It’s a regrettable truth that archaeology attracts far more than its fair share of mentally deranged people, not just within the subject as a commercial and academic pursuit, but also from society at large. Itinerant fruit cakes gather around the subject like kids round a carcass.
We got a call this week from the British Ambassador congratulating us on discovering the world’s earliest shopping mall. The consular staff had read it in the Iraqi press; how we’d found a big building full of little shops. I suppose you could call it that, provided we assume that most shops in the Old Babylonian period sold only broken pottery and dust. This was in fact one of many colourful interpretations of our data by members of the excitable press. The very best example of the genre for this particular project dates to the first test season when two trenches were dug across each other to chase rectilinear wall lines. This produced a sensational article on Wikipedia (recently removed but still available via the Worthy Christian Forum) which claimed we had discovered a temple in the form of the earliest Christian cross, dating to 2000 BC (…).
Fanciful tales are by no means restricted to intellectually deficient journalists trying to rake a publishable story out of tedious old crap. There are plenty of crazies out there churning out nonsense simply because they’re window-licking simpletons. This project has acquired its own conspiracy theorist, whose name I won’t mention in case she finds my blog and starts accusing me of supressing the truth about all the alien technology we’re excavating for the US government. She’s written a book about the site, available on Amazon, which as far as I can tell claims to be an investigative piece about our secret archaeological work funded by the oil industry and shadowy government agencies. I’ve only read the sample pages free on Amazon as I refuse to pay her money (even though she claims all profits will go to the Society for Truth in Archaeological Research, which I fear may have but one member). She seems to think we’re either looking for alien technology, hiding the truth about the origins of humanity, covering up radical new evidence about biblical scripture or hunting for Nazi gold. One of those.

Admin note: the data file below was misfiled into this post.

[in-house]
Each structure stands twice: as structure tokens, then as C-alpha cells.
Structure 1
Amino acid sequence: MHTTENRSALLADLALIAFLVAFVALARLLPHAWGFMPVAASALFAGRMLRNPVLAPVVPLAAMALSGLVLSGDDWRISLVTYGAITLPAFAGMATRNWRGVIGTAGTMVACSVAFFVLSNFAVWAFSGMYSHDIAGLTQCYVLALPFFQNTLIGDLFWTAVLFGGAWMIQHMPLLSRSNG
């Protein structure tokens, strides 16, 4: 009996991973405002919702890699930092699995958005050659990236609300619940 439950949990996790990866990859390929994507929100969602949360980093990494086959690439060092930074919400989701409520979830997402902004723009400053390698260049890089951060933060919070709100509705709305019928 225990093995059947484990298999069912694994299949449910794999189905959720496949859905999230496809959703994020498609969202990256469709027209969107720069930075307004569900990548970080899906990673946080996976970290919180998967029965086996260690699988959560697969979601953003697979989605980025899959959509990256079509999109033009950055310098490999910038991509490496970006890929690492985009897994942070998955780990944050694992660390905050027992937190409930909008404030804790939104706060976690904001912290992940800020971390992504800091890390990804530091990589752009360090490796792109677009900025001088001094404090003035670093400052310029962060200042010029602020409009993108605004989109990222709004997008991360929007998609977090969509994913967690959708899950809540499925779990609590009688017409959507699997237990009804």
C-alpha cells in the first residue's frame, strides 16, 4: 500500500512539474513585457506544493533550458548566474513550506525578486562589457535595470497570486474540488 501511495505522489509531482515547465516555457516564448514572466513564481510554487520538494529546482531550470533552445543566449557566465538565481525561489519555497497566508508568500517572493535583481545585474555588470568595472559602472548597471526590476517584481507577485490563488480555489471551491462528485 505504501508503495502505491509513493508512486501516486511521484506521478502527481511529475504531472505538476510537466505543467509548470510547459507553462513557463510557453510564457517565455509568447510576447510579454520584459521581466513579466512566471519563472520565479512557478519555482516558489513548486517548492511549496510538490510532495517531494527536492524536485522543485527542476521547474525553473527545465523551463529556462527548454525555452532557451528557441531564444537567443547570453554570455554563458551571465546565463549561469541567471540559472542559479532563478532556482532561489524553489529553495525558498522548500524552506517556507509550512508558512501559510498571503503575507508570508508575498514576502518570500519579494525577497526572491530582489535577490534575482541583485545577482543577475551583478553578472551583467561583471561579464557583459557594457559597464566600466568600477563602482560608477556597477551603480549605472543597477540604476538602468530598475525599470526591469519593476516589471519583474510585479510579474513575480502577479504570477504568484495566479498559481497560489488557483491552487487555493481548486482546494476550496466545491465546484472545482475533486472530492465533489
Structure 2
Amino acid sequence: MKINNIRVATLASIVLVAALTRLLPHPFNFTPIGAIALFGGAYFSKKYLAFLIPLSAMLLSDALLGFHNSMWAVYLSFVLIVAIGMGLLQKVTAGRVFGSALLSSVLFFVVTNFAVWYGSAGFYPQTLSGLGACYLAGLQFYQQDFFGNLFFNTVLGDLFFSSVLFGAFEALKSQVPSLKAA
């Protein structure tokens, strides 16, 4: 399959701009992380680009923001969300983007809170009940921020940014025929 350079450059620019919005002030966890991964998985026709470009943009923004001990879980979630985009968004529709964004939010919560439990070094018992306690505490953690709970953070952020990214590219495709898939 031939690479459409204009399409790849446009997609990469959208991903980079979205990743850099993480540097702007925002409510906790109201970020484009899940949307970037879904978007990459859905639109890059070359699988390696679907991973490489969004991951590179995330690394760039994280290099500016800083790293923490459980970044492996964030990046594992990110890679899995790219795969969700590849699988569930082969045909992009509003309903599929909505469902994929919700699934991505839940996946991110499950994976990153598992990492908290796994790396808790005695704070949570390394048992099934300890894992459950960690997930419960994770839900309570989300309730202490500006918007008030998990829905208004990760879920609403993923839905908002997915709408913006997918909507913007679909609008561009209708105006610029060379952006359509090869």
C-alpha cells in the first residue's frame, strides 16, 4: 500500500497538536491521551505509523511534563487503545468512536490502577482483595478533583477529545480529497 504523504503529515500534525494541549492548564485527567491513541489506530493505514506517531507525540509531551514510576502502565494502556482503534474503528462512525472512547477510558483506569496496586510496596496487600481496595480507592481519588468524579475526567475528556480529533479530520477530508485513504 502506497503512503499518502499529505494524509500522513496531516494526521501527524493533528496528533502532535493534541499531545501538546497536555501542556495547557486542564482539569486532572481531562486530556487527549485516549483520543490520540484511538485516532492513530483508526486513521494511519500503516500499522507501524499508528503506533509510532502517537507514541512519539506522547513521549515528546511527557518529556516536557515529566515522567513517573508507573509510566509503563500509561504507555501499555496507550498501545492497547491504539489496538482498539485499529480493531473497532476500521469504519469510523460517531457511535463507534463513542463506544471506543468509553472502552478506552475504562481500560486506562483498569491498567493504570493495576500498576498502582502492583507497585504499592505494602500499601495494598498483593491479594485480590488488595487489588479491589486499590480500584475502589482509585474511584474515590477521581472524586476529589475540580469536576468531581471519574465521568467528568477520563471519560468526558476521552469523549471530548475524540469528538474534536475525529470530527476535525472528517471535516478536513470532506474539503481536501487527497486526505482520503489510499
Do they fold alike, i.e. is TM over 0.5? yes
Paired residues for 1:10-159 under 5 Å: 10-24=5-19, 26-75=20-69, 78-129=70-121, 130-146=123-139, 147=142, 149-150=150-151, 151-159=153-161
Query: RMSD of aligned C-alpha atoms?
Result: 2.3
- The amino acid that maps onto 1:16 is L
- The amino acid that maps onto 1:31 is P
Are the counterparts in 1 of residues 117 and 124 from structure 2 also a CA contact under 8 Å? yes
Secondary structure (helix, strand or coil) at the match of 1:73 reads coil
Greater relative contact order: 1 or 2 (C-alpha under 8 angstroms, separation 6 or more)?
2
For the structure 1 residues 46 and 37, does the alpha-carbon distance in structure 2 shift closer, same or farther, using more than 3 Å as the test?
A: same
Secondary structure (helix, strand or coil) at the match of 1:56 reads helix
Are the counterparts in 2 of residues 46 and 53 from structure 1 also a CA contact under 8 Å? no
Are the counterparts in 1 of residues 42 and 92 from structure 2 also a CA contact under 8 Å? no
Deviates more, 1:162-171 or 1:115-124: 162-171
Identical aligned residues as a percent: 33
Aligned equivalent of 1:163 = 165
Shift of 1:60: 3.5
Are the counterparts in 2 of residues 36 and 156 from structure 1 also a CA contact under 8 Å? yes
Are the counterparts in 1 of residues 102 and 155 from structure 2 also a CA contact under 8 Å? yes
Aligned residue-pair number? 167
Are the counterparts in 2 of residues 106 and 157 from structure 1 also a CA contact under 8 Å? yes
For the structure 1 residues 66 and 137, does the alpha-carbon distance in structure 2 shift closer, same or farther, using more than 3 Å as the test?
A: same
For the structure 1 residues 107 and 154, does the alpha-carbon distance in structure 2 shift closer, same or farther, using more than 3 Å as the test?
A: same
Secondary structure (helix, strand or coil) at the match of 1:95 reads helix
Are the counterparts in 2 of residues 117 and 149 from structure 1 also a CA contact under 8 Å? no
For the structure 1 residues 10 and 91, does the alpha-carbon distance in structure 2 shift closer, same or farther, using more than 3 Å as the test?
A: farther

I’m not quite sure why she thinks we’re so secretive; the project has a website, a facebook page and a twitter account. Her in-depth research, which she claims to perform in Ohio wearing pyjamas and listening to Bach, mysteriously doesn’t seem to have found any of these. The truth is out there, if you can find it amongst all the crazy shit.
To be fair, if I were an archaeologist, I’d be looking for Nazi gold. Or possibly the ark of the covenant. Something cool like that, anyway. Not so sure about the origins of humanity; sounds a bit dull.
I want to believe.